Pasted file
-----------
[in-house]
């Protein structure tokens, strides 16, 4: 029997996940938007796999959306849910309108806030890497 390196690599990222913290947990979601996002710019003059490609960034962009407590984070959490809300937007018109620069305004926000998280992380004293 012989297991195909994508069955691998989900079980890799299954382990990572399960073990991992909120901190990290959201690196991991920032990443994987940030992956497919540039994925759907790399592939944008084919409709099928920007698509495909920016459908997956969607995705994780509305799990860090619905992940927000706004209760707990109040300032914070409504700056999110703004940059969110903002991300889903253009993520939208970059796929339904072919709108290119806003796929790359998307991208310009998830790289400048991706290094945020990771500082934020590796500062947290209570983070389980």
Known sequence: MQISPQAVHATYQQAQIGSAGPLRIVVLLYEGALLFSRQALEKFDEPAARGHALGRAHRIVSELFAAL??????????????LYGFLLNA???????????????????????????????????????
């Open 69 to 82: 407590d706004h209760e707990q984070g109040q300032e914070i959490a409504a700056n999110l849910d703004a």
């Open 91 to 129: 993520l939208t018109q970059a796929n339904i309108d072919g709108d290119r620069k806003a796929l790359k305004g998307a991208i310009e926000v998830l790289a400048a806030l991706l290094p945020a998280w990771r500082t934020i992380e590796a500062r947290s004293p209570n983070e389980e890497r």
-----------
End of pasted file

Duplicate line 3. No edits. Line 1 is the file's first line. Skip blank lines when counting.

Known sequence: MQISPQAVHATYQQAQIGSAGPLRIVVLLYEGALLFSRQALEKFDEPAARGHALGRAHRIVSELFAAL??????????????LYGFLLNA???????????????????????????????????????